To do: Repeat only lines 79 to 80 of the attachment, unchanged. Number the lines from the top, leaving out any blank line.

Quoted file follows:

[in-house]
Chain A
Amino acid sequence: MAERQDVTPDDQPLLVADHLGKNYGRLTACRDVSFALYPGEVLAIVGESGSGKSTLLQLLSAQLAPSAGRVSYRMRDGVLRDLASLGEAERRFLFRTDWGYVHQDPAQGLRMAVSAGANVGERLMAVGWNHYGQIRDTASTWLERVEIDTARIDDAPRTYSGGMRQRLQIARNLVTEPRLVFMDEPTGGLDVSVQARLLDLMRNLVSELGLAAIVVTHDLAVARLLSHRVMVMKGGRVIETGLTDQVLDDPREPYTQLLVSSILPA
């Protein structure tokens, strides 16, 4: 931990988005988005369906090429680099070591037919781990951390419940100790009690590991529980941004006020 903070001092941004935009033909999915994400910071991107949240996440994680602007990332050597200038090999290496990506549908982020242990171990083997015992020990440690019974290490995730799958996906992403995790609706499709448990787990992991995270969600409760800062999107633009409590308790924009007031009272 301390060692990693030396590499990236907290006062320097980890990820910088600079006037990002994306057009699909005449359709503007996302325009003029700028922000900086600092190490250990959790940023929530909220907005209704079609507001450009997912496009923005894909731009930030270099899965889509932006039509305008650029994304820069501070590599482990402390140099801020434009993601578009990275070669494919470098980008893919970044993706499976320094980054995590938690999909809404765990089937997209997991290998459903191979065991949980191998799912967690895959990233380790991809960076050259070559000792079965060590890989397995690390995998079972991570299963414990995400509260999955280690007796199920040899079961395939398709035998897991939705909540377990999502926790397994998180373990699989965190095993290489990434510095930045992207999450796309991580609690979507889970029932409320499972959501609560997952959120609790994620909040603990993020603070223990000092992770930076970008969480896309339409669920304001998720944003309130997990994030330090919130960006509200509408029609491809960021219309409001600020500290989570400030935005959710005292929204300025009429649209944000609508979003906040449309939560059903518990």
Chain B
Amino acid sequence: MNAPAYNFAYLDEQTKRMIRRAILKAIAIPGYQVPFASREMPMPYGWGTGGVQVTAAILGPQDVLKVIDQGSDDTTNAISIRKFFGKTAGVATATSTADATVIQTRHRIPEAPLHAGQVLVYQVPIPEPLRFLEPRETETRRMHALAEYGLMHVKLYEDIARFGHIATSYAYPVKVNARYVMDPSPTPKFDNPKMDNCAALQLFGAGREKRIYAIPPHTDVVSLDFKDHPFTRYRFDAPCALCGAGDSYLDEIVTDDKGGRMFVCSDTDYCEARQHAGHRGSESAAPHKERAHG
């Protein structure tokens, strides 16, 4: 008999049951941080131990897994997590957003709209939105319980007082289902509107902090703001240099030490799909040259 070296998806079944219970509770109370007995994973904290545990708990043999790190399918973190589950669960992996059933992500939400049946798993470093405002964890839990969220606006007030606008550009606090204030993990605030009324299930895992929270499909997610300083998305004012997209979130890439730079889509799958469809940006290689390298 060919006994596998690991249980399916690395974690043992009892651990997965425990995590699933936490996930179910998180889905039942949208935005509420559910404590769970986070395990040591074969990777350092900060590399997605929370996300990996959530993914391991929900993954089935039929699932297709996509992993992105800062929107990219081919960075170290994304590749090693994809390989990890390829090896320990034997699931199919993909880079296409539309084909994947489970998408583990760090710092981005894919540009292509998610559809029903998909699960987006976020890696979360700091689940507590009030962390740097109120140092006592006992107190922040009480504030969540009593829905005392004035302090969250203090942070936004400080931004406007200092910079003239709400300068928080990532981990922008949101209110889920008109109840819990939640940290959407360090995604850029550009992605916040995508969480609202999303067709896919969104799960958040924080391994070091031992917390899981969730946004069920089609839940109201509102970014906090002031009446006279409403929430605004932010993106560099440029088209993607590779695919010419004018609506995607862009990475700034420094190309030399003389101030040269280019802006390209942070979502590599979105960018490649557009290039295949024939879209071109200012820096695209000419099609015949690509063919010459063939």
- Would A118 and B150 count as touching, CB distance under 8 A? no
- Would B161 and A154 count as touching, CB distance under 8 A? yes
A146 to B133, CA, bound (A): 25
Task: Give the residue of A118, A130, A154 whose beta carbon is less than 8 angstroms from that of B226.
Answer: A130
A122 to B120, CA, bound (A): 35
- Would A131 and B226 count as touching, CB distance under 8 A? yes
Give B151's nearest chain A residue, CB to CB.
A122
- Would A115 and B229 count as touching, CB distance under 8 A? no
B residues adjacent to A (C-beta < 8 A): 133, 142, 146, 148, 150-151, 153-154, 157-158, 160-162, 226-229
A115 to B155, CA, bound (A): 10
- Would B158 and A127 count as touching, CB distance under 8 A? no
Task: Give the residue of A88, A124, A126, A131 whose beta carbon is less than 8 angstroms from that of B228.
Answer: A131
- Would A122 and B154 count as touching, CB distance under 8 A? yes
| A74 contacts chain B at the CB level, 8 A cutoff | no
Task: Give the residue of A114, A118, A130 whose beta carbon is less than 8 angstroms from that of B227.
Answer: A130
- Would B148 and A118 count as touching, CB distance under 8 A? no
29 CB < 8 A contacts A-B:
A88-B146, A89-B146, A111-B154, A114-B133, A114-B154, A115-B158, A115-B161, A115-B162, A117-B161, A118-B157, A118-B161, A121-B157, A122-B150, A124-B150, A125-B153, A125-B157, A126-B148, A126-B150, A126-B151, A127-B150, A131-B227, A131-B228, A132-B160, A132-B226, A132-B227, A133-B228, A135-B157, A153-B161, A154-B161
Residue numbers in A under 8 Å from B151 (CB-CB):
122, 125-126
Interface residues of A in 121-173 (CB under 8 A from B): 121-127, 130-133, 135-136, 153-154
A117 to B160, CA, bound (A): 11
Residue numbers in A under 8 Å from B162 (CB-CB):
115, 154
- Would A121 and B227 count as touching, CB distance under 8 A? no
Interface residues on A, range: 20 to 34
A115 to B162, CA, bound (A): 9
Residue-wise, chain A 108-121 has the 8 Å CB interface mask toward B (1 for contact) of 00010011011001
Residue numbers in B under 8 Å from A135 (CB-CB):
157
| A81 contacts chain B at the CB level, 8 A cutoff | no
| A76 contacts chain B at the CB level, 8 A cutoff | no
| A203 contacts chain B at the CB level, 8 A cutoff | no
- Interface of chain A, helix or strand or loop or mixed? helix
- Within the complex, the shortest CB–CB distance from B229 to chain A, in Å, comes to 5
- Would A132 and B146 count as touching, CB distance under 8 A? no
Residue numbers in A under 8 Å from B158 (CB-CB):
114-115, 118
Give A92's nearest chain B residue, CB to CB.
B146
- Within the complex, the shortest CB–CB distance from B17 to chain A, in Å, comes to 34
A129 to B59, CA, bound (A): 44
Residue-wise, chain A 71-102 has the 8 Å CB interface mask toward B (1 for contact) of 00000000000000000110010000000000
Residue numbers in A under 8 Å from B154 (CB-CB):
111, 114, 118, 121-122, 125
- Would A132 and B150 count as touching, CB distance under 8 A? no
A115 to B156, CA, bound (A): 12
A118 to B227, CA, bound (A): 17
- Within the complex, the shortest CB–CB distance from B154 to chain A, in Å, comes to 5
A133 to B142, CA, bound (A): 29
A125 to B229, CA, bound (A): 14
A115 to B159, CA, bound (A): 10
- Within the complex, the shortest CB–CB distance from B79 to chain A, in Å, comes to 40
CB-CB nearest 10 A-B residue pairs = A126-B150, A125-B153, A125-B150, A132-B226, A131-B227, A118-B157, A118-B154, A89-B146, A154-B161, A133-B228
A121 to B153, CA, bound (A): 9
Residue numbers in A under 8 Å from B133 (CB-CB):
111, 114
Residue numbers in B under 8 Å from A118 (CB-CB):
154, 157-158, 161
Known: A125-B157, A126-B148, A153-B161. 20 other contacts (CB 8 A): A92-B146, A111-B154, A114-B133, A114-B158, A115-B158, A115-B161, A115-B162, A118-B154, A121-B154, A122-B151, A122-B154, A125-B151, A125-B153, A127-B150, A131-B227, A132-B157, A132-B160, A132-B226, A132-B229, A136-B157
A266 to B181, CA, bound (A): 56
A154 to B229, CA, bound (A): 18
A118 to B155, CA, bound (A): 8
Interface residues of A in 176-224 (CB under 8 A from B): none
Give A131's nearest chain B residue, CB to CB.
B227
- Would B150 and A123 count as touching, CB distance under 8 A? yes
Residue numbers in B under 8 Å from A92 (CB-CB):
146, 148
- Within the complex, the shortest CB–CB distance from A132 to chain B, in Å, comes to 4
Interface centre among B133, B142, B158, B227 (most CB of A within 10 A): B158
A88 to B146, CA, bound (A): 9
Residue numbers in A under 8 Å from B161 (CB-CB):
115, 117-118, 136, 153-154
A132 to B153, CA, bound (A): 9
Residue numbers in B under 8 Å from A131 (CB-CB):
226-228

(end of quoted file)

Residue numbers in B under 8 Å from A92 (CB-CB):
146, 148